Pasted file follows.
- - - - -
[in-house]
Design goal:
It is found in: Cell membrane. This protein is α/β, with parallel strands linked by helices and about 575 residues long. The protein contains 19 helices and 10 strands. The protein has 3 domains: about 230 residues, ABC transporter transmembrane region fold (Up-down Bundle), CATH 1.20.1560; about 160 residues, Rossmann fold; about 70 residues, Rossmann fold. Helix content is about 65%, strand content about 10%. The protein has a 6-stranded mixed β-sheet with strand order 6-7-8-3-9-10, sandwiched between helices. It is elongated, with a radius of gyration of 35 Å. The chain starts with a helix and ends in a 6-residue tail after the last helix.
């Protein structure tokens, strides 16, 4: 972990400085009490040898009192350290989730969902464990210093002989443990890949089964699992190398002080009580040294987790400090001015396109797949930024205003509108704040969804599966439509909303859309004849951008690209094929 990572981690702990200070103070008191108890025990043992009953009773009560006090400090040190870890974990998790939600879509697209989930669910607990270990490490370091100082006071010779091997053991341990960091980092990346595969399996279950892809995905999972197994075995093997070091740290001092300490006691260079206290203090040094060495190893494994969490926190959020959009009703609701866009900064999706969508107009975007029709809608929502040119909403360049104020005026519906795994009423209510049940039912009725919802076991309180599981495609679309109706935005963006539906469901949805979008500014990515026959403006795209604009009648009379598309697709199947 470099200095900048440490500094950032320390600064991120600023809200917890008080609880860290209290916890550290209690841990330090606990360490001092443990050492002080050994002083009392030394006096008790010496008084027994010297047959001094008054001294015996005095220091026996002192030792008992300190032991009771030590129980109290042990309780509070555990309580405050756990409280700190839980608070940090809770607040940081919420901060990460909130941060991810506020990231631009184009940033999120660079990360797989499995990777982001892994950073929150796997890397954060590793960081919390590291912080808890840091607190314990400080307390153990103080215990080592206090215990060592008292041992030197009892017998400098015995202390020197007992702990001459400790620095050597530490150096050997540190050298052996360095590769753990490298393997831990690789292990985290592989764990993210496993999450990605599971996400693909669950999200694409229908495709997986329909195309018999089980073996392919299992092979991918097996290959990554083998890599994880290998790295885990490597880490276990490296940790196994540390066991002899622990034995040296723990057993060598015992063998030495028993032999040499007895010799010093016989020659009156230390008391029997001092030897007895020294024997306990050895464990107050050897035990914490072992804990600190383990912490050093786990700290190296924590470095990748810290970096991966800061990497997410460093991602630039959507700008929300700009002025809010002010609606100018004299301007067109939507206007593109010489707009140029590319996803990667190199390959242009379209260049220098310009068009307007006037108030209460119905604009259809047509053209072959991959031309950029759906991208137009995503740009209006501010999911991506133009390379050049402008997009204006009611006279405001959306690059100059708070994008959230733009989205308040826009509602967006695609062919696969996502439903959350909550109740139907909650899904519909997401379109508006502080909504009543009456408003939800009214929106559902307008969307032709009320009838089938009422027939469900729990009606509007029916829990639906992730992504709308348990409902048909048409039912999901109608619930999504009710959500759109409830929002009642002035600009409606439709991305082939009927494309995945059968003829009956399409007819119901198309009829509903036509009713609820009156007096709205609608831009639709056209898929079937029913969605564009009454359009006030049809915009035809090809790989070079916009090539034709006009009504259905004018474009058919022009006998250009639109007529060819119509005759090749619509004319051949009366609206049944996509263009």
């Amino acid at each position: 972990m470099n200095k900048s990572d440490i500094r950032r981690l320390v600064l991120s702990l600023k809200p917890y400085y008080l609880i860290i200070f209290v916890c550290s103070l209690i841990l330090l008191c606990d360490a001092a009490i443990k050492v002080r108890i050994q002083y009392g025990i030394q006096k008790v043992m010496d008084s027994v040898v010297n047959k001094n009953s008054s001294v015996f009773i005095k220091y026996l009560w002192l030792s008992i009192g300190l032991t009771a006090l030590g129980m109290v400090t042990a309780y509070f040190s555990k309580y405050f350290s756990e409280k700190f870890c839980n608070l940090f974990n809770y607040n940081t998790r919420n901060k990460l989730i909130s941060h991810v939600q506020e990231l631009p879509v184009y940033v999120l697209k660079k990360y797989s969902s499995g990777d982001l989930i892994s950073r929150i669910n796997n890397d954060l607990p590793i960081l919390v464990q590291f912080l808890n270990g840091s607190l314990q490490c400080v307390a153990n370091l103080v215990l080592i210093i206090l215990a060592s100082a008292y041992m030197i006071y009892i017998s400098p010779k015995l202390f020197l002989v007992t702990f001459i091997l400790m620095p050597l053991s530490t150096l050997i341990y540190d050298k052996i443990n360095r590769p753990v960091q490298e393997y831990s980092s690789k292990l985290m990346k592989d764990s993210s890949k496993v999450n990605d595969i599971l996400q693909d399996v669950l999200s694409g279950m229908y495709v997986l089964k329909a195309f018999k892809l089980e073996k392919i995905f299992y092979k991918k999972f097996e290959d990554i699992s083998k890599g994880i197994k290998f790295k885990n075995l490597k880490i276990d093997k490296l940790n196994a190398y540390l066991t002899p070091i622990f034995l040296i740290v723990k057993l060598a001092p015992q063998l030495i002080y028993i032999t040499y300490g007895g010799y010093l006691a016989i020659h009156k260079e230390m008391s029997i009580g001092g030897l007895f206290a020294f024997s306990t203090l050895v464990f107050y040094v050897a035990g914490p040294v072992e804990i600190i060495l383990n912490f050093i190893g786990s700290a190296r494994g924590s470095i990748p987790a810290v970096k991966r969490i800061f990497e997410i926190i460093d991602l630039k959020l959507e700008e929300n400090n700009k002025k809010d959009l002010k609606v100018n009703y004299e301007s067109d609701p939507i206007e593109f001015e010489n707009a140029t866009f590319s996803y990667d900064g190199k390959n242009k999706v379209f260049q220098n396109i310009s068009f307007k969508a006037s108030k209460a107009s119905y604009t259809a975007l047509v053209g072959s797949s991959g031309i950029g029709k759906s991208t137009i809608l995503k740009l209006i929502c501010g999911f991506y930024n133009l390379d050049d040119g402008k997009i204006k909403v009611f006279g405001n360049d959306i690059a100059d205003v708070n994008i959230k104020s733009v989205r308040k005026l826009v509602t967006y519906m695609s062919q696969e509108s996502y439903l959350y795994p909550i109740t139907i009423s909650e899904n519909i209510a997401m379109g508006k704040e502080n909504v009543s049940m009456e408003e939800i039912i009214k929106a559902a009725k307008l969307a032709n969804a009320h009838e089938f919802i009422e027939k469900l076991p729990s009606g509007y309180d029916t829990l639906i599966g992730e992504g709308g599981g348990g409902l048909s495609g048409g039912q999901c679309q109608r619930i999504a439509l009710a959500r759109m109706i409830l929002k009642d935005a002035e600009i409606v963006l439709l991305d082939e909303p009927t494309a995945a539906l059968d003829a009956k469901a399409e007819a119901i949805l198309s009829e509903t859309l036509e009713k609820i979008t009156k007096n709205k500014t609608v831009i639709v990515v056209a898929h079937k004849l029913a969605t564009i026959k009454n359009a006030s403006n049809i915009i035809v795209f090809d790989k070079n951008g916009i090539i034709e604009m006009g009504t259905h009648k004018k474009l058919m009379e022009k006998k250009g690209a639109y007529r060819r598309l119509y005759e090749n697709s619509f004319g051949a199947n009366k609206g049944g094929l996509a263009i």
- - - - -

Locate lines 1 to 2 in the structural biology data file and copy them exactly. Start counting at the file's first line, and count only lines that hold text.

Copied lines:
[in-house]
Design goal: